TABLE 2______________________________________Fluorescer  Modulator  Reference______________________________________naphthalene anthracene Carmel et al, FEBS                  Letters 30:11(1973)α-naphthylamine       dansyl2                  Styrer et al, Proc. Nat.                  Acad. Sci. USA 58:                  719(1967)tryptophan  dansyl     Latt et al, Anal.                  Biochem. 50:56(1972)dansyl      fluorescein                  Werner et al, Proc. Nat.                  Acad. Sci. USA 69:795                  (1972)fluorescein rhodamine  Ullman et al, J. Biol.                  Chem. 251:4172(1976)tryptophan  fluorescein                  Zukin et al, Proc. Nat.                  Acad. Sci. USA 74:1932                  (1972)BPM3   thiochrome Papadakis et al, Biochem. 16:                  1890(1977)BPM         ANS4  Papadakis et al, Biochem. 16:                  1890(1977)thiochrome  DDPM5 Papadakis et al, Biochem. 16:                  1890(1977)ANS         DDPM       Papadakis et al, Biochem. 16:                  1890(1977)______________________________________ 2 5-dimethylamino-1-naphthalenesulfonate 3 N-[p-(2-benzoxazolyl)phenyl]-maleimide 4 8-anilino-1-naphthalenesulfonate 5 N-(4-dimethylamino-3,5-dinitrophenyl)-maleimide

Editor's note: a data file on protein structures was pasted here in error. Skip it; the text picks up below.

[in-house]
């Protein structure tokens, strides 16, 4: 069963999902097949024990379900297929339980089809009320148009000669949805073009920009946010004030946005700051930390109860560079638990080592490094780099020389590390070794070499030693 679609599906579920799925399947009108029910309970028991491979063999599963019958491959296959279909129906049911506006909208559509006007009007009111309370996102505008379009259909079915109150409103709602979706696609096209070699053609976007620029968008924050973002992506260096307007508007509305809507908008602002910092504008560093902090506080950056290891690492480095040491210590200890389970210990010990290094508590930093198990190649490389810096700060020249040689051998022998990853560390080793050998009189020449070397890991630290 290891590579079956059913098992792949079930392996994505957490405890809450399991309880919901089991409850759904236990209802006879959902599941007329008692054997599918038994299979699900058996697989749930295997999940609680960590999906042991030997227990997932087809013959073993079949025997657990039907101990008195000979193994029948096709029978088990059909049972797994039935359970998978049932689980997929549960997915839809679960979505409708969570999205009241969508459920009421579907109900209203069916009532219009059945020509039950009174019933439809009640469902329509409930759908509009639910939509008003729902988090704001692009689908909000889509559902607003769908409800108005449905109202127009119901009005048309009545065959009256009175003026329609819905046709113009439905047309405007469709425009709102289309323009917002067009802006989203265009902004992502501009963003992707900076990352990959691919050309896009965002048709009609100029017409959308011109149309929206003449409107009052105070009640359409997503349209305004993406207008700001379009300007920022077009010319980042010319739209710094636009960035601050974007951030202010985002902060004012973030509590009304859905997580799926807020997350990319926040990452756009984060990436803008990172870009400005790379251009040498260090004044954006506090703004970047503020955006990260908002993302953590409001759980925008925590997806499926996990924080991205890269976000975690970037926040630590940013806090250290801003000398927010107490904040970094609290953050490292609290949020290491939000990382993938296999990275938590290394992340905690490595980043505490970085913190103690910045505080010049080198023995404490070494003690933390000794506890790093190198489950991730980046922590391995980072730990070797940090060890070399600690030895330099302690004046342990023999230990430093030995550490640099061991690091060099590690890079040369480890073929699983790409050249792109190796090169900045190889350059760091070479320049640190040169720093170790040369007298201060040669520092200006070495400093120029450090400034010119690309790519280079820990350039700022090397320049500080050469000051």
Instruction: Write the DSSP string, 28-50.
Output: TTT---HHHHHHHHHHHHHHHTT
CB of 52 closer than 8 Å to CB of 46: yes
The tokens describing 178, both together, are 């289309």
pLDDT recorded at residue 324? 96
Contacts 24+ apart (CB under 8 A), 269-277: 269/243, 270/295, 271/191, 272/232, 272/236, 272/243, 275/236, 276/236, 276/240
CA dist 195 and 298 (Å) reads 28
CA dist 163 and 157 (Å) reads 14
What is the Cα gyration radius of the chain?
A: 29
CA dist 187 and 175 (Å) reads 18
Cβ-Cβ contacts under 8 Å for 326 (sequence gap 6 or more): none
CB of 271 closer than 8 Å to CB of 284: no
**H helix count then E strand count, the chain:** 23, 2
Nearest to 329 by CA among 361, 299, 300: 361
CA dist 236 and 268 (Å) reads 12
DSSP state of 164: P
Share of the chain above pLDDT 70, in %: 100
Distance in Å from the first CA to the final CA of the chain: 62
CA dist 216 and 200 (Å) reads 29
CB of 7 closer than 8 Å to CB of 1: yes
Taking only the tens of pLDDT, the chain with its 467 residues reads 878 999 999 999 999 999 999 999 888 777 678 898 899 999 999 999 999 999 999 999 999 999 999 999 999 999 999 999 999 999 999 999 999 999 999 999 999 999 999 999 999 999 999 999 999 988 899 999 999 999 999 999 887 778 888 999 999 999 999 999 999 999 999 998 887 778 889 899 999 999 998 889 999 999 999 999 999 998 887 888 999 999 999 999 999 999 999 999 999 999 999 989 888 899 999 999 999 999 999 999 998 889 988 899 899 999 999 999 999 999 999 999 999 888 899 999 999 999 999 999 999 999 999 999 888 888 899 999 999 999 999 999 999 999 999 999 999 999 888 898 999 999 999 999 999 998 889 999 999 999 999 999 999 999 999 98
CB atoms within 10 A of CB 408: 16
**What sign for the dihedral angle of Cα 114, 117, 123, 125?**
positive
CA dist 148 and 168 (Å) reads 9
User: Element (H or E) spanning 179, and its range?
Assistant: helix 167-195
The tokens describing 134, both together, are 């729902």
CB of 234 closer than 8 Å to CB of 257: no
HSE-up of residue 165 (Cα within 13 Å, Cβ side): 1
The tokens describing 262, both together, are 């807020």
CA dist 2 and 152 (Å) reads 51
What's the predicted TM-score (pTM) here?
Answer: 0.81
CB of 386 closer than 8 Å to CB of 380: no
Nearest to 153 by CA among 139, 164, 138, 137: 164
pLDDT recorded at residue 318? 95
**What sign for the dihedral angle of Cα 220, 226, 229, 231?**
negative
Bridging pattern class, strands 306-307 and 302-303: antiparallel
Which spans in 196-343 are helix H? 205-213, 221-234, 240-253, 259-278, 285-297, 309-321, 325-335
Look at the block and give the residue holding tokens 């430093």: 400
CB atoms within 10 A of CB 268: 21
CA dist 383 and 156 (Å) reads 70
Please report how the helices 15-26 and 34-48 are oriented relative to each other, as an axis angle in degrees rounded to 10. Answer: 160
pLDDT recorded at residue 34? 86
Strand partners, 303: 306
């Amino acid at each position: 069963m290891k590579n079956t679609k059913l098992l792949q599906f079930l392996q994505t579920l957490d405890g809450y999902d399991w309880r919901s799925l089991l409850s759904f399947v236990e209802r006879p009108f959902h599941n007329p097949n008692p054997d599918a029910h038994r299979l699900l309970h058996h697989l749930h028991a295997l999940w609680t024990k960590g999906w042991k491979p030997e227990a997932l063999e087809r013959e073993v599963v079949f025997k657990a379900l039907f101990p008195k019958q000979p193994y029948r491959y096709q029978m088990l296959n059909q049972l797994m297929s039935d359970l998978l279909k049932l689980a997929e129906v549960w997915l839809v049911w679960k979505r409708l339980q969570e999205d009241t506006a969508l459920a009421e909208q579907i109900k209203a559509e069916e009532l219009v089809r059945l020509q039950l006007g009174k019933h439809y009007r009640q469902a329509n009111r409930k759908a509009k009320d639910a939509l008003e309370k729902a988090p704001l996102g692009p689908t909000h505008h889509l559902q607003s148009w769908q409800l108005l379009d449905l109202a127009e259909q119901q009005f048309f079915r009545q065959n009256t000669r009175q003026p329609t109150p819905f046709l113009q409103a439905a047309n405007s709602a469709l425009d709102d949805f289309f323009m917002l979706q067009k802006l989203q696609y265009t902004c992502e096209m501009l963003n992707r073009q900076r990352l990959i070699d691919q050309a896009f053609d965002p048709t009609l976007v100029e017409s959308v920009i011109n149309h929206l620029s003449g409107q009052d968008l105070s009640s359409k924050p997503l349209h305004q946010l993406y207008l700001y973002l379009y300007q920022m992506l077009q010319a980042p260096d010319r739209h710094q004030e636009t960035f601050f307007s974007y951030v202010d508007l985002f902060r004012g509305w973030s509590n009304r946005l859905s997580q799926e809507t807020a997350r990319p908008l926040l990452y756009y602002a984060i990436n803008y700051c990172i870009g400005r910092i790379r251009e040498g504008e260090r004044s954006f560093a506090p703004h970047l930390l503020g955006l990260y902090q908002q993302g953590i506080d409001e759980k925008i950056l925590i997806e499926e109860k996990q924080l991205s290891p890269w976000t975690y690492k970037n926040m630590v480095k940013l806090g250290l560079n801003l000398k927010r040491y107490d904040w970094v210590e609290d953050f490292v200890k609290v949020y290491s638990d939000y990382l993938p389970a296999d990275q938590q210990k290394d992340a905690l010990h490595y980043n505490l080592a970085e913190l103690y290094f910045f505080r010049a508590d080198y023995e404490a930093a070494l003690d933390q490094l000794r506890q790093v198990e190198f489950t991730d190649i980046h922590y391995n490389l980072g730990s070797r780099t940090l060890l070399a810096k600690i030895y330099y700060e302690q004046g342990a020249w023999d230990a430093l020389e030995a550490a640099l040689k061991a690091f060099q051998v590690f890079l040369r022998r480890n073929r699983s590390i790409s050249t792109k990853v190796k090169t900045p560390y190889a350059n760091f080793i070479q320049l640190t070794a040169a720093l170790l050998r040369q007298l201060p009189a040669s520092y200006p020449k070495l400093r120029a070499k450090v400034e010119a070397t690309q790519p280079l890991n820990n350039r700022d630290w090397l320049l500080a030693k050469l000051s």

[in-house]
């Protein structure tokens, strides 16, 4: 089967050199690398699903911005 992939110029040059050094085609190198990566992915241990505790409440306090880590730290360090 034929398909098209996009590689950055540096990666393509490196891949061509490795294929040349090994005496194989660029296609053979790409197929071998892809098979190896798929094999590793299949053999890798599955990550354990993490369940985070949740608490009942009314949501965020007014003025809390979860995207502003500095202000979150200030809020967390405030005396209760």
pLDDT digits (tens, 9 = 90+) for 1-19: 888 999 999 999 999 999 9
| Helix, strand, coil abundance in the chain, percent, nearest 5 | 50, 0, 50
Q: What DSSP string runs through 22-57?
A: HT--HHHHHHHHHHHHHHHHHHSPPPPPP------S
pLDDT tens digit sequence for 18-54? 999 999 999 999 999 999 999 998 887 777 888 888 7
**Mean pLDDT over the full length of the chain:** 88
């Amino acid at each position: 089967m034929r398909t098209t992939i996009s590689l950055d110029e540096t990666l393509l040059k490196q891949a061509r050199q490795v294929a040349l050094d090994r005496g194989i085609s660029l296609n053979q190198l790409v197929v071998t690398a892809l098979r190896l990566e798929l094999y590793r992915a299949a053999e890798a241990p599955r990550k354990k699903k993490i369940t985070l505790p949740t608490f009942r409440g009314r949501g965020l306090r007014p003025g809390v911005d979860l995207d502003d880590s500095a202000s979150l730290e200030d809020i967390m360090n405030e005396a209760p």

TABLE 3______________________________________Chemiluminescer       Modulator   Reference______________________________________luminol     fluorescein Rusin et al, Khim. Vys.                   Energ. 10:92(1976) "          eosin       Rusin et al, Khim. Vys.                   Energ. 10:92(1976) "          rhodamine S Rusin et al, Khim. Vys.                   Energ. 10:92(1976)DBPD6  9,10-diphenyl-                   Roswell et al, J.A.C.S. 92:       anthracene  4855(1970)DBD7   N-methylacri-                   Roberts et al, J.A.C.S. 92:       done        4861(1970) "          carbazole   Roberts et al, J.A.C.S. 92:                   4861(1970) "          2,3-benzocar-                   Roberts et al, J.A.C.S. 92:       bazole      4861(1970) "          3,4-benzocar-                   Roberts et al, J.A.C.S. 92:       bazole      4861(1970)______________________________________ 6 2,3-dihydrobenzo[g]phthalazine-1,4-dione 7 2,3-dihydrophthalazine-1,4-dione